Another cool thing is that if you ever use another monitor *hint 20" or 23" ACD hint*, you can resize windows to fit that display. In iMovie, your GUI is all in the one window.

    Hope this helps you.
  4. freight dog thread starter macrumors newbie

    May 23, 2006
    San Diego, Calif.
    Great advice, you all. It appears that FC Express is the route I need to go. I will indeed buy an external hard drive as well.

    Thanks again! Your advice is valuable.

  5. electronboy macrumors 6502

    Sep 27, 2005

    I know its a stretch, but you might want to consider a MacBook Pro and FC Express if you think you will ever do professional work.

    If your looking to make movies for yourself, friends or family iMovie on a MacBook will work OK, but you should plan on buying/learning FC Express at the minimum. Then if you ever need to work with big projects you already know the interface.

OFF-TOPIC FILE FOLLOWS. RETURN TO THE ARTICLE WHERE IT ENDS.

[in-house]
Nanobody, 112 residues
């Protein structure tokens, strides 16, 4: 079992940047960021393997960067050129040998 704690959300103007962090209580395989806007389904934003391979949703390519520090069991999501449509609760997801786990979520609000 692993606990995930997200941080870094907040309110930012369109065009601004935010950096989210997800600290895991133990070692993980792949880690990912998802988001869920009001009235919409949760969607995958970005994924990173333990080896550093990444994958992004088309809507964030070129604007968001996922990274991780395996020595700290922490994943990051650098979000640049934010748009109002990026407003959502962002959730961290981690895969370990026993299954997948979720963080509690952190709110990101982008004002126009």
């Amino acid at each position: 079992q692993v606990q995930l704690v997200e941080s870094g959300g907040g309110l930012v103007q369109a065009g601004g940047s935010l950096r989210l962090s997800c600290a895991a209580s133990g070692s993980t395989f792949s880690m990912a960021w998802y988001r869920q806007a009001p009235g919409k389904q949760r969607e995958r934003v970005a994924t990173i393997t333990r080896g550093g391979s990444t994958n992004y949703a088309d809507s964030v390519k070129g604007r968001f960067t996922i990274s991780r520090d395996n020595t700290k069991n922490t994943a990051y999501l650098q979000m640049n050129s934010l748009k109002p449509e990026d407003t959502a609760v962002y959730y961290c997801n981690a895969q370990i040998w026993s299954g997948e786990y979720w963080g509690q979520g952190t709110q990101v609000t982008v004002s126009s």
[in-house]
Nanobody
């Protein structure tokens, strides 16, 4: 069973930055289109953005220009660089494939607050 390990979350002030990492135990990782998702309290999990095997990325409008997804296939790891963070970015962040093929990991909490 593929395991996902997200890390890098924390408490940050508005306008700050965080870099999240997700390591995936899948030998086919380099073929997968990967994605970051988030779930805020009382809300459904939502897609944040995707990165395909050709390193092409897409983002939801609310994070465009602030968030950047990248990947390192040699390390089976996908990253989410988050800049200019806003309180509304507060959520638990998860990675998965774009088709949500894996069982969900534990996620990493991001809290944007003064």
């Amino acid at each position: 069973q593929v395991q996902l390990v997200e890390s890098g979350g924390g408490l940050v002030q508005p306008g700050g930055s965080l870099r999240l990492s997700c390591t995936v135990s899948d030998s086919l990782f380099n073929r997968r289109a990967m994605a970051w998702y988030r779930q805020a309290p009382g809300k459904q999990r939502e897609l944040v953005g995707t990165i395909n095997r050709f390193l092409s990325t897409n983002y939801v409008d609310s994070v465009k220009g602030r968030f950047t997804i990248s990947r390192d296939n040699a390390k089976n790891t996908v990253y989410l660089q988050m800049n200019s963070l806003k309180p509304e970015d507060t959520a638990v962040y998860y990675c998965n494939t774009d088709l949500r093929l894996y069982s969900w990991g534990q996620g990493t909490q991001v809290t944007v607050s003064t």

6. plinden macrumors 68040


    Apr 8, 2004
    iMovie comes free so you don't need to invest any money in it.

    MacWorld's benchmarks show hardly any difference between the MP and MBP for the iMovie action they tested so it doesn't look like lack of dedicated GPU hinders it much. And this thread discusses the MacBook with Final Cut Pro, where some benchmarks showed the MB as fast as the MBP.

    However, don't take my recommendation - I don't know a lot about video software (I've used only iMovie) and I don't know what FCE gives you that might be affected on the MB.
  7. octoberdeath macrumors regular


    Feb 22, 2005

    glad to lend a hand... i know you will enjoy your new set up immensely
  8. ikonq macrumors member

    Apr 30, 2006
    Just as a reference in regards to what has been posted above;

    The MacBook and MacBook Pro will perform very similarly to each other in programs where they are rendered/encoded/processed by the main processor. The main thing that a Pro will help with is RT Extreme (Rendering in real time for previewing) and Motion.